Organizers of a flash mob in central Moscow originally pledged the event would take just five minutes.
In the end, the February 9 event stretched all the way to 10 minutes -- enough time for several of its participants to be detained by police.
The unsanctioned gathering, held around a northern segment of Moscow's Garden Ring road, involved young activists holding their hands in the air and encouraging drivers to vote for Vladimir Putin in next month's presidential vote.
It was organized by a relatively new youth group, Putin's Network, or "Set' VV," a reference to the initials for Vladimir Vladimirovich, Putin's first name and patronymic.
In a promotional video, the T-shirt clad leader of Putin's Network, Vladimir Tabak, offers a unembarrassed explanation for why the prime minister will have his vote come March.
"I respect Putin because he's never interfered in my life. Not in 1999, not in 2004, not in 2008. He simply did his work, and I lived my life," Tabak said.
"For me, Putin is first and foremost a business partner. He creates the conditions, and I use those conditions to find success. I'm talking about an honest path to success. And I think he's truly created those conditions -- after all, I'm successful."
Tabak, a graduate of the respected journalism department at Moscow State University, is best known as the mastermind behind a 2010 calendar featuring scantily clad female journalism students professing their admiration for Putin.
Putin's Network joins the ranks of youth groups like Nashi, Steel (Stal), and Piggies Against (Khryushi Protiv) who have been actively agitating on Putin's behalf ahead of next month's contest.
The Gazeta.ru website reports that the groups are planning to stage a rally on February 26, the same day as a scheduled protest organized by the "For Fair Elections" opposition movement. They also plan several additional rallies in the days directly before the March 4 vote.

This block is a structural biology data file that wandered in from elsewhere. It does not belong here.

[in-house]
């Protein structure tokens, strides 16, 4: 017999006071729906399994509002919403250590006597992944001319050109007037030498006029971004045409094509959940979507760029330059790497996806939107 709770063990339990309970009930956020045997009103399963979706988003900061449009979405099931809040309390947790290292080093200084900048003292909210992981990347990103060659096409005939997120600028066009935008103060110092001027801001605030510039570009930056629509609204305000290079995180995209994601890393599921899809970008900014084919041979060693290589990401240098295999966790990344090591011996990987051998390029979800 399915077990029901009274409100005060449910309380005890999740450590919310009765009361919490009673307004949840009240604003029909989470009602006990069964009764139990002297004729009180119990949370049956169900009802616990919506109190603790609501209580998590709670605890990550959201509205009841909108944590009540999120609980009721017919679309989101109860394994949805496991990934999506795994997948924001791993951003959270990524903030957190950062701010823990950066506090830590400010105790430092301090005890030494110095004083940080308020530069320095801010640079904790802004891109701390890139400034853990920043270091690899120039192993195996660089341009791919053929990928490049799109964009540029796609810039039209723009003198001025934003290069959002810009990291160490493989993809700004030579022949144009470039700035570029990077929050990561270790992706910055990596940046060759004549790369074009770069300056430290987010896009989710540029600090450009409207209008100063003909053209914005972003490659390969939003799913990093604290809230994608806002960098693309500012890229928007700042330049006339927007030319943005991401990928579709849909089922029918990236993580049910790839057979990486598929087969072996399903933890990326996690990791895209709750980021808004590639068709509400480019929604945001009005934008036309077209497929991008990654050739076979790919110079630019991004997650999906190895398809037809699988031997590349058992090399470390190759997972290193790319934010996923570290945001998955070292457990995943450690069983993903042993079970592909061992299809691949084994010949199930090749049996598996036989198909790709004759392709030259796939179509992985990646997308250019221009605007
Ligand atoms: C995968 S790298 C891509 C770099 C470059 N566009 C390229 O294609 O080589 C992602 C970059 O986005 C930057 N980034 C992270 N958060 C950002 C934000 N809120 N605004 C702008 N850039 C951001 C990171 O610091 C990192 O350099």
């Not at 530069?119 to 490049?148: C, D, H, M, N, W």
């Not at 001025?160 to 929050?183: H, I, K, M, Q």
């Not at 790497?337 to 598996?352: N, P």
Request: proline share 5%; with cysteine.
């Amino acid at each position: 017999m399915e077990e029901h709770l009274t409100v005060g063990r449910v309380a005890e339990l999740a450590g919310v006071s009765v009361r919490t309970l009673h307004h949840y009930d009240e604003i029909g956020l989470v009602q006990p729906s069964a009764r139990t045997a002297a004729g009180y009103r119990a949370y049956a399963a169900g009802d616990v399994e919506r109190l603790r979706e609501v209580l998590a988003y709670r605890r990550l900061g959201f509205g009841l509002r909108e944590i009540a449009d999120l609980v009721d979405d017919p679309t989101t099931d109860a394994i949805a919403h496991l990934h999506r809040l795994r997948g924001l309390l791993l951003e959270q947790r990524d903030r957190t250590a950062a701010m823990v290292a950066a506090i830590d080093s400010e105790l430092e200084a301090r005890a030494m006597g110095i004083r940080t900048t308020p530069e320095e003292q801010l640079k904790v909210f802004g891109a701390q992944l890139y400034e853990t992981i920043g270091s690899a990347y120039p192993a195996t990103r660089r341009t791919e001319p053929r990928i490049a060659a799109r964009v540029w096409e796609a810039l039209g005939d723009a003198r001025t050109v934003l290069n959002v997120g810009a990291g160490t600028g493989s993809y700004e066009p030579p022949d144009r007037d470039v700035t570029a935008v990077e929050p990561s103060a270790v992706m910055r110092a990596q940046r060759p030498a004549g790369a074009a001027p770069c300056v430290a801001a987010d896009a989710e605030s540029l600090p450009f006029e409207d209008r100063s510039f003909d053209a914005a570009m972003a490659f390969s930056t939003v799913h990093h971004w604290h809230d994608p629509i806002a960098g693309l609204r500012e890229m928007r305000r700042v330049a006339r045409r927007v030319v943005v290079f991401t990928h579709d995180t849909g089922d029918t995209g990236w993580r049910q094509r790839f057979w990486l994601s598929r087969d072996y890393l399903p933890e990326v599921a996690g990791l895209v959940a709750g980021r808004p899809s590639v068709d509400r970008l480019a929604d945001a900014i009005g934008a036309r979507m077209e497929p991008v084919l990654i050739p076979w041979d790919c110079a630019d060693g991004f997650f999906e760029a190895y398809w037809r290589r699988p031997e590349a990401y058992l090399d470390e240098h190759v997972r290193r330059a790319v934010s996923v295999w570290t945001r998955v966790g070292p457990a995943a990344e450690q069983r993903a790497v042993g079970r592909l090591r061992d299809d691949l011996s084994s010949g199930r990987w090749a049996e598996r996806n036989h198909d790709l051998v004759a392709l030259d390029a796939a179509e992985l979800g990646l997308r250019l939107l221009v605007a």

Nashi, by far the most experienced of the groups, has long been seen as a loyal ally to the Kremlin, which values its ties to Russia's younger generations as well as its ability to make tech-savvy mischief.
The group's Internet capabilities have been a valuable tool for the Kremlin, which has found itself at a disadvantage as opposition rivals have managed to better exploit social networking and new media to get their message across.
But at the same time, there are signs the Kremlin is seeking to distance itself from Nashi and other youth groups amid a series of unflattering media reports that have placed their tactics under increasing scrutiny.
Newspaper reports this week offered evidence that Nashi has spent hundreds of thousands of dollars organizing sophisticated Internet schemes to craft a flattering media image of Putin and launch toxic smear campaigns targeting rivals like opposition leader Aleksei Navalny.
And the prominent opposition newspaper "Kommersant" has said it may initiate legal proceedings against the group after hacked emails of Nashi spokeswoman Kristina Potupchik revealed the groups was planning a distributed denial of service (DDoS) attack against the paper's website.
But the Kremlin's disenchantment with youth groups may also be the result of a heated election season where the working-class vote is seen as key.
Gleb Pavlovsky, a political analyst and a former Kremlin insider, has suggested that youth groups' sophisticated and sometimes playful strategies -- like the February 9 Garden Ring flash mob -- deliver little in the way of real political capital.
"All these meetings and events aren't targeting anyone -- not voters, and not the country. It's a spotlight aimed at the sky," Pavlovsky said in a recent interview in Gazeta.ru.